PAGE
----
Sony Pictures Hacked - Corporates could be biggest SAFE users

Read this short blog about today’s threat to Sony Pictures by GOP hackers and recall the endless massive hacks of banks and retailers (that will only increase), then consider what a boon to corporates SAFE could be.

Corporations like Sony Pictures could be massive adopters of a secure communications and storage system with the right mix of communications, file sharing and NoSQL services.


And yet some of them wont like the transition. It forces on them the same type of trade of their power (unjust power in their case) that they have been forcing on populations. By joining they empower populations. Those getting hacked were likely targeted because they were against empowerment of ordinary people in the first place. So many of them seem to be in the crackdown club. They benefit from austerity and other fraudulent nonsense.

More on this:

As the article mentions, due to the nature of this hack, with wiping of MBR and overwriting of files on all drives a part of the hack, forensic recovery is most likely impossible. At the same time all logins are being exposed so they could hardly even restart this network if they want to.

Even the author asks: “So, how does a company recover? Burn whatever’s left and build something entirely new and different?” - Id say it would be worth investigating. This could really be the case use example for a safe approach. But it will rely on the encryption of safe being exceptional also.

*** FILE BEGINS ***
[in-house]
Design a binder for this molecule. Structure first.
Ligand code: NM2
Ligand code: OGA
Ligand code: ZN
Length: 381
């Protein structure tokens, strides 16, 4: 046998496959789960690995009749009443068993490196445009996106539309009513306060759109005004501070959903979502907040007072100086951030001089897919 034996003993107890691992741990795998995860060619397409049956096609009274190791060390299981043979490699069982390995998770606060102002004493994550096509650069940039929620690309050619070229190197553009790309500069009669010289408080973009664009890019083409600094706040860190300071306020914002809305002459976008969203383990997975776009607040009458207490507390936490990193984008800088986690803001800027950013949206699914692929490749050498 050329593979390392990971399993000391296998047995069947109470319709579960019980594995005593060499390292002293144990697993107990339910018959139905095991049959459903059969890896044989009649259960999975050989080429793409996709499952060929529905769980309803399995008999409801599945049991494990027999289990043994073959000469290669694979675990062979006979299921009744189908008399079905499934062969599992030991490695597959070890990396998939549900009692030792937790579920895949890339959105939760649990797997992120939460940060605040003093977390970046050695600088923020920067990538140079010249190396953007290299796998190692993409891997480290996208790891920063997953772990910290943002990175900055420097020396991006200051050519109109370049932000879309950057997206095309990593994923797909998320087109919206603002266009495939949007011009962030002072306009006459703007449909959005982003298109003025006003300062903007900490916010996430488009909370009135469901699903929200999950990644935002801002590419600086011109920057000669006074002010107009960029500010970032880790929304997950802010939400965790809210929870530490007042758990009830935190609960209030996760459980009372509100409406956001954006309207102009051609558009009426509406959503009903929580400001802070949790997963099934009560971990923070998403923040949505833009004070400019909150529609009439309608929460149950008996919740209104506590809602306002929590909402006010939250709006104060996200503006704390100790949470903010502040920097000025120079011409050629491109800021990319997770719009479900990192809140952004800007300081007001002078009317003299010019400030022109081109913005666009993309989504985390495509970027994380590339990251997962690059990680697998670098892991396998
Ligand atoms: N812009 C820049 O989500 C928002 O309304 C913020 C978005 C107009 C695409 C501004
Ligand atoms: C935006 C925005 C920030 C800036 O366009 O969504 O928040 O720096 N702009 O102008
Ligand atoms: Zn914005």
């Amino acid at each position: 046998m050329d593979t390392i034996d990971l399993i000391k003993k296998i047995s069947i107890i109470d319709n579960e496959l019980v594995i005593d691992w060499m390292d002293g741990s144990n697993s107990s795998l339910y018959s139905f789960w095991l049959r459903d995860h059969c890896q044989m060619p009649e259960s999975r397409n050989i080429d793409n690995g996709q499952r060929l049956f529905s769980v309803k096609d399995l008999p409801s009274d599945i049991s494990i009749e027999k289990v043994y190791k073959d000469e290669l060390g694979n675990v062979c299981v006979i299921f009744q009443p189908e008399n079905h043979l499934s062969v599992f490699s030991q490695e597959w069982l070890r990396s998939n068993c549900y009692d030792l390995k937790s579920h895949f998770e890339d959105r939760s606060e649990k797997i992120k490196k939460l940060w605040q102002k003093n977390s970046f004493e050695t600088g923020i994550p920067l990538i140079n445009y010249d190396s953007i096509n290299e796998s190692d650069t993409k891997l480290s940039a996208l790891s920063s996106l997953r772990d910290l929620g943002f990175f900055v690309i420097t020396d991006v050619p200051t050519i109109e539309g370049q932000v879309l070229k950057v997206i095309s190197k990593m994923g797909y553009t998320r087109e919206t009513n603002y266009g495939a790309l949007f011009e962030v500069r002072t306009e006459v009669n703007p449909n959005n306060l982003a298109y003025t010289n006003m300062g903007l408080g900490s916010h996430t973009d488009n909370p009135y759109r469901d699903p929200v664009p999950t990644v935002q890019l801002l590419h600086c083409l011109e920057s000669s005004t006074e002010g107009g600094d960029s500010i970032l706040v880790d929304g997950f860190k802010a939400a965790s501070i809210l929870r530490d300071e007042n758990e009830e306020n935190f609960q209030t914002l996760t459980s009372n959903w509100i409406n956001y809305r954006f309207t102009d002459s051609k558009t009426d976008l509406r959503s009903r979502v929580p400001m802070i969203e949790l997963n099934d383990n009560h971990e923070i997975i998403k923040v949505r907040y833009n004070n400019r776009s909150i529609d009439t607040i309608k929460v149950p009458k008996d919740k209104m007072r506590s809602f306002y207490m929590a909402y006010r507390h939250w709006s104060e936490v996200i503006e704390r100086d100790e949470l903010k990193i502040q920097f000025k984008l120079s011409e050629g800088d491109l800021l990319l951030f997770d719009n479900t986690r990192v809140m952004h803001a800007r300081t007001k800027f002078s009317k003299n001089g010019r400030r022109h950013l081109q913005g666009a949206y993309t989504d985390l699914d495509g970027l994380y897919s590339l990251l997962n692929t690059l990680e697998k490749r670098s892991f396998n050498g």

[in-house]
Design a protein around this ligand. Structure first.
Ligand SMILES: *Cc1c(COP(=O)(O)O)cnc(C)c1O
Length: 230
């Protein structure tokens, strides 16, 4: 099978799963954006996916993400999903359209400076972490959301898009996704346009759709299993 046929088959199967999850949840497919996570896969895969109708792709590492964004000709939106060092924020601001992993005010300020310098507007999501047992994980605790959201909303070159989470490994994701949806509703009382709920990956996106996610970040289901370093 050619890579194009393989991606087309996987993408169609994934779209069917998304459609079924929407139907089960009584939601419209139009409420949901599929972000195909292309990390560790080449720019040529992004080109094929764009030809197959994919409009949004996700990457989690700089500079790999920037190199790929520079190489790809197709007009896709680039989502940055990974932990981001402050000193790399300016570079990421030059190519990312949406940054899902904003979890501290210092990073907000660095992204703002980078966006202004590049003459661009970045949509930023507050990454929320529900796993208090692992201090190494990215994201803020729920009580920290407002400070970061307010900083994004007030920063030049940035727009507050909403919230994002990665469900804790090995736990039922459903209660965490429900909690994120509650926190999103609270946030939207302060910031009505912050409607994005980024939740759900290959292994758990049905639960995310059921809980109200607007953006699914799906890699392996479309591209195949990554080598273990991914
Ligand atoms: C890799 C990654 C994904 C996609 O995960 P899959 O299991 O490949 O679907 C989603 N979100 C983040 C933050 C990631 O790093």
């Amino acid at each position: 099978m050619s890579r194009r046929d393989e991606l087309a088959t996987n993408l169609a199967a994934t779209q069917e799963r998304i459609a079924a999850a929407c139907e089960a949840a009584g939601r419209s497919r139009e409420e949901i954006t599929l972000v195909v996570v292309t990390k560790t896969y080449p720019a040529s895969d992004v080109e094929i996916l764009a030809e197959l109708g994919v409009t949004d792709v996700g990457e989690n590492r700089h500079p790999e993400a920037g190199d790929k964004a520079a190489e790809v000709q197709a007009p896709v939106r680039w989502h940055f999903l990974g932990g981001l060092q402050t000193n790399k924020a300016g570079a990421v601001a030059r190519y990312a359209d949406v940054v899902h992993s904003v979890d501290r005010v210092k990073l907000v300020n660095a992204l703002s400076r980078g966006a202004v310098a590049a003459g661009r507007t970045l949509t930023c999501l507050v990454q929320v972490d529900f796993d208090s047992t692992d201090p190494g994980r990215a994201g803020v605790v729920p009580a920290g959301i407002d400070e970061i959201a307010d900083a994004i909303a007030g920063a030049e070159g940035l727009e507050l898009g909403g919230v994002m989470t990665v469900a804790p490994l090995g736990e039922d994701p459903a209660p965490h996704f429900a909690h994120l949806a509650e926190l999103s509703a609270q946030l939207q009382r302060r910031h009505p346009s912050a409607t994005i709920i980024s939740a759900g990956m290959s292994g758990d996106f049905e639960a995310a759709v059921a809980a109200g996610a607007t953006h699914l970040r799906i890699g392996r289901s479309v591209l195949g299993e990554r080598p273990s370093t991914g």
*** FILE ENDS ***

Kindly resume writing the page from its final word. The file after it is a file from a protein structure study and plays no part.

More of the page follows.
Of coarse since RSA was part of the encryption suite they used, and this has already shown to be broken by Snowden and others (the Boeing hack) they had already made some bad decisions.

As the security designed by the homeland evolves this almost looks like the first corporate espionage attack, it may even have been sanctioned. No other reason to make such effort to destroy the network.

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This should become the poster child of what happens when your organization is not on SAFE…doesn’t get higher profile than this in the Publics eye.


But in the end SAFE could only have protected against the wiping, I think. It doesn’t necessarily protect you from login credentials being stolen and releasing confidential data.

In this instance yes, if, as safe is intended to do, we write apps that link to safe natively then the possibility of access being granted to a signing key or similar is easier to manage and less prone to hack-ability (something like trezor). These have security beyond the RSA keys being currently used worldwide and they are source checkable.

Still Im not sure how this will scale to an organization of this size.